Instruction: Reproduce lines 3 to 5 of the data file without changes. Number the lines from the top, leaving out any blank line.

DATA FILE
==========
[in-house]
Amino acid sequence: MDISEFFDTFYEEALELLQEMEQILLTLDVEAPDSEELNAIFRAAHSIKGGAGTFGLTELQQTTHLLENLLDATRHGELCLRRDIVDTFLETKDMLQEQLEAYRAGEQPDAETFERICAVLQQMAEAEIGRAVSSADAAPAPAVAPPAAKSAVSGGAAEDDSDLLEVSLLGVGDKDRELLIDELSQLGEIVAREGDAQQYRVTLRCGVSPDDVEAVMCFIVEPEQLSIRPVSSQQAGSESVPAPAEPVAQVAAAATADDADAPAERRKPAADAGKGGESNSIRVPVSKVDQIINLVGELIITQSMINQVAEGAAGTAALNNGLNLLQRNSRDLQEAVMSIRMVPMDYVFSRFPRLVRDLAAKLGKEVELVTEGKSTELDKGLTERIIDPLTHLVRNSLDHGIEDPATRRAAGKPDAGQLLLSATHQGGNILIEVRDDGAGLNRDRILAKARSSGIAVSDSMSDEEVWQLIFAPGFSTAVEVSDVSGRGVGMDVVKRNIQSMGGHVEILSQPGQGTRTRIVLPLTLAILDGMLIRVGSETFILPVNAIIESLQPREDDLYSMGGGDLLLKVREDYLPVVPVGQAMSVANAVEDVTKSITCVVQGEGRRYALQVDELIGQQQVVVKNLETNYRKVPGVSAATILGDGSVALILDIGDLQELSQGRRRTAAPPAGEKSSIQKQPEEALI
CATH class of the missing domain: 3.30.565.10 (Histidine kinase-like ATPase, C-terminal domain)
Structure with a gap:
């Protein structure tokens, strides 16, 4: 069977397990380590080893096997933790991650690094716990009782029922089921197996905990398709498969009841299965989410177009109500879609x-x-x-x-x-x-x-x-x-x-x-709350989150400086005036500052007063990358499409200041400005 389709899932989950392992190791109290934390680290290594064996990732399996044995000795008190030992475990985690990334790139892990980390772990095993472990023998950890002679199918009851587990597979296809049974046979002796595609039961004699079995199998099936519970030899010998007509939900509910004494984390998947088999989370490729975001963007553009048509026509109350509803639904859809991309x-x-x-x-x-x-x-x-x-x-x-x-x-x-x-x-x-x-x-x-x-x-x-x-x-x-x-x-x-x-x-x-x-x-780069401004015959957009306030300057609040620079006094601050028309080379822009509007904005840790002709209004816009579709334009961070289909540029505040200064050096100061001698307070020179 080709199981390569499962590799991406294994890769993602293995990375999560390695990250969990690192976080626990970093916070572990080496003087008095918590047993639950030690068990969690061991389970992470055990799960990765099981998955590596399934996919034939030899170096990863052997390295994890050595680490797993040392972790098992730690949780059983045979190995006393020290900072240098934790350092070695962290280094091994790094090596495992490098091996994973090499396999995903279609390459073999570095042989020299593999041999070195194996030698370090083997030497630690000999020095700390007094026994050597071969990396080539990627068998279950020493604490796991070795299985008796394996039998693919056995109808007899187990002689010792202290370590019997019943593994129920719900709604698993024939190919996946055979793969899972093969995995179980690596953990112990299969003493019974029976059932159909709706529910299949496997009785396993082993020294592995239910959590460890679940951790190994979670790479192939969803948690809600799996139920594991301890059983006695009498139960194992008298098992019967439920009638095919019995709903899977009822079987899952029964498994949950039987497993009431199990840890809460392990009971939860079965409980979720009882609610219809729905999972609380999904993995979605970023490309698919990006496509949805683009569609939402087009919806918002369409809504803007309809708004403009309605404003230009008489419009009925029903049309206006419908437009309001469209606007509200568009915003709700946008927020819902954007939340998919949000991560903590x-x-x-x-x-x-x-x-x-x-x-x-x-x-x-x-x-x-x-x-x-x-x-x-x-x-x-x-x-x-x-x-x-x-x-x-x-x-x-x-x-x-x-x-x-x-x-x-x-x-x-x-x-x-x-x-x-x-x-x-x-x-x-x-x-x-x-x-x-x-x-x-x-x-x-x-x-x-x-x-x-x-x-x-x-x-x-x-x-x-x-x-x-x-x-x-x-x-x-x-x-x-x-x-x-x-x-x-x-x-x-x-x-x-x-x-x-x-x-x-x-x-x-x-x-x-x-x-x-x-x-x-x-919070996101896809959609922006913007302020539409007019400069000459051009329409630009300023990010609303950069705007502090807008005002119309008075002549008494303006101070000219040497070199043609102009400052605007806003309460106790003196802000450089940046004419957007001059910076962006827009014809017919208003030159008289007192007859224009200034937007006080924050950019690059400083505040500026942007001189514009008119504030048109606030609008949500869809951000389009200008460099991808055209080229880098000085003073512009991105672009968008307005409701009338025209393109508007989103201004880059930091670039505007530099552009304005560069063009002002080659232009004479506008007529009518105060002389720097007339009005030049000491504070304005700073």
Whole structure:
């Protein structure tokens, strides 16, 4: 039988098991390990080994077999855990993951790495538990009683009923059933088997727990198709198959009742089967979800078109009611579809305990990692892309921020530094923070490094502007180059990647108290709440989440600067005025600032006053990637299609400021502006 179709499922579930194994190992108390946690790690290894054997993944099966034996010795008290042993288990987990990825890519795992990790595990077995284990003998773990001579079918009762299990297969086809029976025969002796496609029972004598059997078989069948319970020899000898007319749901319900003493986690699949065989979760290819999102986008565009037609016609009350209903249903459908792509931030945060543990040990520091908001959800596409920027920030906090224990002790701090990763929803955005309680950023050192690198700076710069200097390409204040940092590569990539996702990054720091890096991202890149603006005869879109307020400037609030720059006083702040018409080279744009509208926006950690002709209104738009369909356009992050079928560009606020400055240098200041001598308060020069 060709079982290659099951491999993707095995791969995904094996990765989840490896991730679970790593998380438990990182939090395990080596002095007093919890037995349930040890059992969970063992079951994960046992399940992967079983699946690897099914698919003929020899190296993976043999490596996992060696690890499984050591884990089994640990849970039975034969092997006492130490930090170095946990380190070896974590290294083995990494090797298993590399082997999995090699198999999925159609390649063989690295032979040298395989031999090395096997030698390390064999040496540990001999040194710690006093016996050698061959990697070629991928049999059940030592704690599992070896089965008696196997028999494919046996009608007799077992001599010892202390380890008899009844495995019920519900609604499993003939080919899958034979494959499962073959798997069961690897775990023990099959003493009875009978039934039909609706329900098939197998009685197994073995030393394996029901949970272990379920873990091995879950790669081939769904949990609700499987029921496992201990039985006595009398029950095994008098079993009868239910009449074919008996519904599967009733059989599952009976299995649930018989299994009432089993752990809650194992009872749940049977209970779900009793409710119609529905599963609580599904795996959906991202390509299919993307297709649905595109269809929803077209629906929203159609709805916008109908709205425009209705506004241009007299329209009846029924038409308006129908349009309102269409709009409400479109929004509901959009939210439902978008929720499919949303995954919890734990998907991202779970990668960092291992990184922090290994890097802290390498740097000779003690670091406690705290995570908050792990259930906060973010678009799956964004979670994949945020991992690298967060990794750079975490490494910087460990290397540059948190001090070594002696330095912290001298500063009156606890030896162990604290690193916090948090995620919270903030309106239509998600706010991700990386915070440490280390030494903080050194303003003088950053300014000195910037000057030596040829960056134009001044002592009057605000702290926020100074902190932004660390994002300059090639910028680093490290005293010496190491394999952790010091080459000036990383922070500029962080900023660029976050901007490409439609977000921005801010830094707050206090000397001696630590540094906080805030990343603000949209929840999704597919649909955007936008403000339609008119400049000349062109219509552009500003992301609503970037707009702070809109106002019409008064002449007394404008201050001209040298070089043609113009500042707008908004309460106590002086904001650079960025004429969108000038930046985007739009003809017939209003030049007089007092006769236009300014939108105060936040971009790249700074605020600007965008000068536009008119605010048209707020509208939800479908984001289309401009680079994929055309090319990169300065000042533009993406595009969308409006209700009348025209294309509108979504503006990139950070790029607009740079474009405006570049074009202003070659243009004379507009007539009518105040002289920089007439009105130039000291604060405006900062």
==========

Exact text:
CATH class of the missing domain: 3.30.565.10 (Histidine kinase-like ATPase, C-terminal domain)
Structure with a gap:
């Protein structure tokens, strides 16, 4: 069977397990380590080893096997933790991650690094716990009782029922089921197996905990398709498969009841299965989410177009109500879609x-x-x-x-x-x-x-x-x-x-x-709350989150400086005036500052007063990358499409200041400005 389709899932989950392992190791109290934390680290290594064996990732399996044995000795008190030992475990985690990334790139892990980390772990095993472990023998950890002679199918009851587990597979296809049974046979002796595609039961004699079995199998099936519970030899010998007509939900509910004494984390998947088999989370490729975001963007553009048509026509109350509803639904859809991309x-x-x-x-x-x-x-x-x-x-x-x-x-x-x-x-x-x-x-x-x-x-x-x-x-x-x-x-x-x-x-x-x-x-780069401004015959957009306030300057609040620079006094601050028309080379822009509007904005840790002709209004816009579709334009961070289909540029505040200064050096100061001698307070020179 080709199981390569499962590799991406294994890769993602293995990375999560390695990250969990690192976080626990970093916070572990080496003087008095918590047993639950030690068990969690061991389970992470055990799960990765099981998955590596399934996919034939030899170096990863052997390295994890050595680490797993040392972790098992730690949780059983045979190995006393020290900072240098934790350092070695962290280094091994790094090596495992490098091996994973090499396999995903279609390459073999570095042989020299593999041999070195194996030698370090083997030497630690000999020095700390007094026994050597071969990396080539990627068998279950020493604490796991070795299985008796394996039998693919056995109808007899187990002689010792202290370590019997019943593994129920719900709604698993024939190919996946055979793969899972093969995995179980690596953990112990299969003493019974029976059932159909709706529910299949496997009785396993082993020294592995239910959590460890679940951790190994979670790479192939969803948690809600799996139920594991301890059983006695009498139960194992008298098992019967439920009638095919019995709903899977009822079987899952029964498994949950039987497993009431199990840890809460392990009971939860079965409980979720009882609610219809729905999972609380999904993995979605970023490309698919990006496509949805683009569609939402087009919806918002369409809504803007309809708004403009309605404003230009008489419009009925029903049309206006419908437009309001469209606007509200568009915003709700946008927020819902954007939340998919949000991560903590x-x-x-x-x-x-x-x-x-x-x-x-x-x-x-x-x-x-x-x-x-x-x-x-x-x-x-x-x-x-x-x-x-x-x-x-x-x-x-x-x-x-x-x-x-x-x-x-x-x-x-x-x-x-x-x-x-x-x-x-x-x-x-x-x-x-x-x-x-x-x-x-x-x-x-x-x-x-x-x-x-x-x-x-x-x-x-x-x-x-x-x-x-x-x-x-x-x-x-x-x-x-x-x-x-x-x-x-x-x-x-x-x-x-x-x-x-x-x-x-x-x-x-x-x-x-x-x-x-x-x-x-x-919070996101896809959609922006913007302020539409007019400069000459051009329409630009300023990010609303950069705007502090807008005002119309008075002549008494303006101070000219040497070199043609102009400052605007806003309460106790003196802000450089940046004419957007001059910076962006827009014809017919208003030159008289007192007859224009200034937007006080924050950019690059400083505040500026942007001189514009008119504030048109606030609008949500869809951000389009200008460099991808055209080229880098000085003073512009991105672009968008307005409701009338025209393109508007989103201004880059930091670039505007530099552009304005560069063009002002080659232009004479506008007529009518105060002389720097007339009005030049000491504070304005700073």